Construction of Dykes
Tree species like Salix were planted for multiple purposes - providing shade over water, their roots spreading in water acted as anchorage for fish and invertebrates, shelter for birds and source of fuel and timber for local people.
Plantation of Salix Plantation for Bank Protection
Earthen mounds were built along the edges of the reservoirs and planted with Acacia nilotica, sedges and grasses. They were mainly to perform two functions - bank protection such as defense against flood and erosion and shelter for fauna.
Some parts of the site were planted with useful grasses like Pennisetum, Cynodon dactylon and Senchrus ciliaris, shrubs like Aloe, Agave. Trees like neem, tamarind, Ficus, Pongamia were planted to provide fuel, fodder and wood to local inhabitants. First the land was ploughed to loosen the compacted soil.
Land ploughed to loosen Soil
The area covered with Paspalum was ploughed and the roots were removed to avoid germination. Spread of Ipomoeawas controlled by physical removal and burning.
A part of the existing island was raised by piling earth to provide resting sites to diving ducks and other waterfowl.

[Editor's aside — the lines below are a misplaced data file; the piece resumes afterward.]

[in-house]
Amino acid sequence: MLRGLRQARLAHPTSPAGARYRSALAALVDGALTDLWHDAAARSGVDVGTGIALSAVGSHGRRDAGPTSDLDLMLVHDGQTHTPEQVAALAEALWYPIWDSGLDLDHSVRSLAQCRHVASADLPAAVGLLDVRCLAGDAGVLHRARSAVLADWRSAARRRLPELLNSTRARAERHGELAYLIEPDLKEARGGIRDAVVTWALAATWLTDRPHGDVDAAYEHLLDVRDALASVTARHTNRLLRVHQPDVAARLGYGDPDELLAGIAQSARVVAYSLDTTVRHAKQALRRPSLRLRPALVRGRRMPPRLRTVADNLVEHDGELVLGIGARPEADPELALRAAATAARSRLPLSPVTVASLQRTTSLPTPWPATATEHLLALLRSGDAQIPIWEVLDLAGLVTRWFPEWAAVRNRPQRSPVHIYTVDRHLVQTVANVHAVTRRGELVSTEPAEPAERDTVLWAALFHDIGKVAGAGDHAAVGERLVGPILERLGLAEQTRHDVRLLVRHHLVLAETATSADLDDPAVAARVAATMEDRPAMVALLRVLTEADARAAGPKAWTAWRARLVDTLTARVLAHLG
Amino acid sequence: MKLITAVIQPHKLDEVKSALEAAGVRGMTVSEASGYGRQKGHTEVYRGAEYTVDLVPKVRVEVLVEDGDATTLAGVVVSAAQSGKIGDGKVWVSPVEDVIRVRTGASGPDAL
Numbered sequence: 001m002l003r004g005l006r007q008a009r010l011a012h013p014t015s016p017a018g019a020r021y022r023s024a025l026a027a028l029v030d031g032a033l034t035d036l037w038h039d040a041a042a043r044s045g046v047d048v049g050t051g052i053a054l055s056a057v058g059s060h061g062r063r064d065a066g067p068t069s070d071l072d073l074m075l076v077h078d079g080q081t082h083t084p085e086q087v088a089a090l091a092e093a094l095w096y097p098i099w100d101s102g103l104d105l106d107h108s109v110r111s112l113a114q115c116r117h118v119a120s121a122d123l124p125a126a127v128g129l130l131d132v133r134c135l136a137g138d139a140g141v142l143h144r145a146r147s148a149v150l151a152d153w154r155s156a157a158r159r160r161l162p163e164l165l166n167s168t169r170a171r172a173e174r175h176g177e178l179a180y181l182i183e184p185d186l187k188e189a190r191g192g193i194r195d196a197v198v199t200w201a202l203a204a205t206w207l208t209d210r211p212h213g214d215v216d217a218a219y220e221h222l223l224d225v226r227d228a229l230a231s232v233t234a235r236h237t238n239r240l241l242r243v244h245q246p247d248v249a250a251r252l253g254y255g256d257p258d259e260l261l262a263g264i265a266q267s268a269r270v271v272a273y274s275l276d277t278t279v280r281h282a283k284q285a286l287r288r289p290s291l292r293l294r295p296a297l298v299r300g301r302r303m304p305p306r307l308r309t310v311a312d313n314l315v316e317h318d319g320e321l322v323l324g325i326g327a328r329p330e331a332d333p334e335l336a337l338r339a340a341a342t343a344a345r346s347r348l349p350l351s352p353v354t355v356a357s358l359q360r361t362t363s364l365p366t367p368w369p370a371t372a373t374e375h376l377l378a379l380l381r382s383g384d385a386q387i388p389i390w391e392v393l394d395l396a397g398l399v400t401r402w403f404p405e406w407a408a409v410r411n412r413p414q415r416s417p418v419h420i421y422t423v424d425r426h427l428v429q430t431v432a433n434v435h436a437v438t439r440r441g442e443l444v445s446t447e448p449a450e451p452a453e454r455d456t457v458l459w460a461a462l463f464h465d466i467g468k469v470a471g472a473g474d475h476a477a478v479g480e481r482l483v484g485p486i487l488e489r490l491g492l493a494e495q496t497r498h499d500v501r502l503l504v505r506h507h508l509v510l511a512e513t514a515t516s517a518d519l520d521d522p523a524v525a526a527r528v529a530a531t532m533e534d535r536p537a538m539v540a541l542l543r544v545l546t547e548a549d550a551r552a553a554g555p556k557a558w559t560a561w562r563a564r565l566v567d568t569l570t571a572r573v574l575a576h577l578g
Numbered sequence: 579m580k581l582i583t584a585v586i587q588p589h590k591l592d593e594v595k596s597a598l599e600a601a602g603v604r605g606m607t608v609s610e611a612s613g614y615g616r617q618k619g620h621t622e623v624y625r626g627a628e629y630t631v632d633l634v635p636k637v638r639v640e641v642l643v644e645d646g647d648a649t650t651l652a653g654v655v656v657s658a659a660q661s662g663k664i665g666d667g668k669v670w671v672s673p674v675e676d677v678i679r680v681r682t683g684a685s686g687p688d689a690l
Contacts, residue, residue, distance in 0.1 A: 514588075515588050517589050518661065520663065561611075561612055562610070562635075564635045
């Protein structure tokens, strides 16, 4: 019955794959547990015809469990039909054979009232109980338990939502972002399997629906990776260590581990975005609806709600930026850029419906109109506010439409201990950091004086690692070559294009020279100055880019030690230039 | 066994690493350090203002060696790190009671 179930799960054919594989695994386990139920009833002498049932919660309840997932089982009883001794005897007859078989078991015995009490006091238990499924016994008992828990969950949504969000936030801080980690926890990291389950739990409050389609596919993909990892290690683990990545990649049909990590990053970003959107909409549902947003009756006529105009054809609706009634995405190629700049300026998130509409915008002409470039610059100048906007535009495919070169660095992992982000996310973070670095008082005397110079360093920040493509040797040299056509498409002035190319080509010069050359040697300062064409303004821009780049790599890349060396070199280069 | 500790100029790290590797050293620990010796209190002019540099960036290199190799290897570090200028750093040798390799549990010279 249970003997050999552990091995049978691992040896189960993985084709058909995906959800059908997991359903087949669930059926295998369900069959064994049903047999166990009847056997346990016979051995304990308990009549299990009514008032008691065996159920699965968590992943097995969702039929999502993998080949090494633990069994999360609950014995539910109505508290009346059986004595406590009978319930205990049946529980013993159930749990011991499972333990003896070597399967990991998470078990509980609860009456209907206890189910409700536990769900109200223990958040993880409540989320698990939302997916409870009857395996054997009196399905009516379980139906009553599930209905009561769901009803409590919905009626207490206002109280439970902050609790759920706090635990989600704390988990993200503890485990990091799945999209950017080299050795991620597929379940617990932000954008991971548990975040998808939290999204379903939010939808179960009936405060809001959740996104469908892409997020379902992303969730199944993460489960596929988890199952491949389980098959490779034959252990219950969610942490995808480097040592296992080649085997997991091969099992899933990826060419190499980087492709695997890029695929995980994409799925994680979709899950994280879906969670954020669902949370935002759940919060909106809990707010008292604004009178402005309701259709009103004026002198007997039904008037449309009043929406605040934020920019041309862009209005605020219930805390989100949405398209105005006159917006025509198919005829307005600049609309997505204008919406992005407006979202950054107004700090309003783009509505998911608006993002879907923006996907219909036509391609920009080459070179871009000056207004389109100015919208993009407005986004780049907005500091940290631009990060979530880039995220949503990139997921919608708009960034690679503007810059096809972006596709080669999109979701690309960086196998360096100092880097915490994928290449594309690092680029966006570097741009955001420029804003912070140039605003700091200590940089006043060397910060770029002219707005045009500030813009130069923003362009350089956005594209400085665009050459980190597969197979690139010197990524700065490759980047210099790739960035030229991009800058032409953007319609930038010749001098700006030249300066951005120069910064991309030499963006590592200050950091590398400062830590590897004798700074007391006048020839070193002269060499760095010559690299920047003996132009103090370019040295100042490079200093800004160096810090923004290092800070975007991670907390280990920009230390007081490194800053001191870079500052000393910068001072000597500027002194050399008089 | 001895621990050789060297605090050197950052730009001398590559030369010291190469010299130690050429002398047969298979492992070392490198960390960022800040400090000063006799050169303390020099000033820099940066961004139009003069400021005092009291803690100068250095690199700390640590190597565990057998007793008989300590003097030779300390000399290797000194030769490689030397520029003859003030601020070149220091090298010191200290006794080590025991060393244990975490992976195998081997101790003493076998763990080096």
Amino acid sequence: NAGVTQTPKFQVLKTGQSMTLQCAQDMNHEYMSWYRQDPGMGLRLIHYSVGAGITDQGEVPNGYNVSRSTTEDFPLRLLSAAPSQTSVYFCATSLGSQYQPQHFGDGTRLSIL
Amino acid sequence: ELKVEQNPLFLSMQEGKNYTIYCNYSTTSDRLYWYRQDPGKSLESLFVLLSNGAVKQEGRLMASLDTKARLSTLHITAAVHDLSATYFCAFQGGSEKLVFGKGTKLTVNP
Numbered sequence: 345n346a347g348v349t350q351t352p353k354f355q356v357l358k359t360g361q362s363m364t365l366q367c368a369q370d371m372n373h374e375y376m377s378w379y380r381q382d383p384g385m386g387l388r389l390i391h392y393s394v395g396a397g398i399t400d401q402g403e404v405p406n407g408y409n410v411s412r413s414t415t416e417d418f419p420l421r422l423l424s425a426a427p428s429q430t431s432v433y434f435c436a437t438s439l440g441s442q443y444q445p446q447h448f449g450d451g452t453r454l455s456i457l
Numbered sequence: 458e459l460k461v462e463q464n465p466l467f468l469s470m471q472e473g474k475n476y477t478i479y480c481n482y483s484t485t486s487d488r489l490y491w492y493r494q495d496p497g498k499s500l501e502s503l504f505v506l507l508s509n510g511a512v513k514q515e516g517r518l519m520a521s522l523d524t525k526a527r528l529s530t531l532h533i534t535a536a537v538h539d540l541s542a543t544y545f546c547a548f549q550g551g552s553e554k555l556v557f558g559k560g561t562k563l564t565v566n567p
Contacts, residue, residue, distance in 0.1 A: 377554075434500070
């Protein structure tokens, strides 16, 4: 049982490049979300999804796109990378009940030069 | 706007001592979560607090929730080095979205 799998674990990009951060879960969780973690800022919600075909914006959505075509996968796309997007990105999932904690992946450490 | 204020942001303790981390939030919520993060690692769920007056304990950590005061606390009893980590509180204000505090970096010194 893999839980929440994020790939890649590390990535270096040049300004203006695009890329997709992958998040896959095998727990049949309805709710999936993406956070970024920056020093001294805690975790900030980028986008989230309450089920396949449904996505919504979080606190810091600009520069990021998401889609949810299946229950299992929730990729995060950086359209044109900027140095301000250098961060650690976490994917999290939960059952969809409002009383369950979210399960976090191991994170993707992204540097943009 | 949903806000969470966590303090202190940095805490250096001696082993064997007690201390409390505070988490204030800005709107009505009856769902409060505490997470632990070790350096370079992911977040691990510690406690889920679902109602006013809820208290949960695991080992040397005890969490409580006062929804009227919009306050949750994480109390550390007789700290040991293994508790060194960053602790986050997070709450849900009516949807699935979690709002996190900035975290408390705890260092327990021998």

Raising of Existing Island
- The pools recorded an increase in fish numbers.
- The grass growth and the rainwater puddles attracted grassland and wet meadow birds.
- The shallow water areas showed good growth of sedges like Cyperus and attracted marsh birds.
Growth of Sedges like Cyperus Marsh Birds
- The pools attracted surface feeding waterbirds like spot-billed ducks.
- It was observed, that during high water level the surface feeders dominated while during the low water level wet meadow birds dominated.
- During the project implementation of the project, the area experienced drought conditions. This led to the spread of Paspalum and the saplings introduced had to be watered by irrigation.
Unfortunately, the Government passed a resolution demarcating the area for bird sanctuary. The villagers feared they would lose their lands as they had done due to the dam construction. They posed an opposition against the sanctuary and also the project. They damaged the trees and saplings on the area and prevented the project staff from further implementation. The project actually implied that people and birds could live in harmony if proper management and conservation measures were taken. It also eliminated the necessity of creating a sanctuary for protection of birds and instead relied on the co-operation of local people. But the villagers could not be convinced of the idea. Only monitoring was now possible on the project site.
However, the attempts to improve habitat conditions for waterfowl on a man-made reservoir proved successful. There was an increase in diversity due to the manipulation of the previous uniformity in the area.
This shows that rejuvenation of aquatic ecosystems is possible through cost effective measures and proper management. This can be done by taking the local inhabitants into confidence and explaining to them the benefits of restoration to wildlife and humans.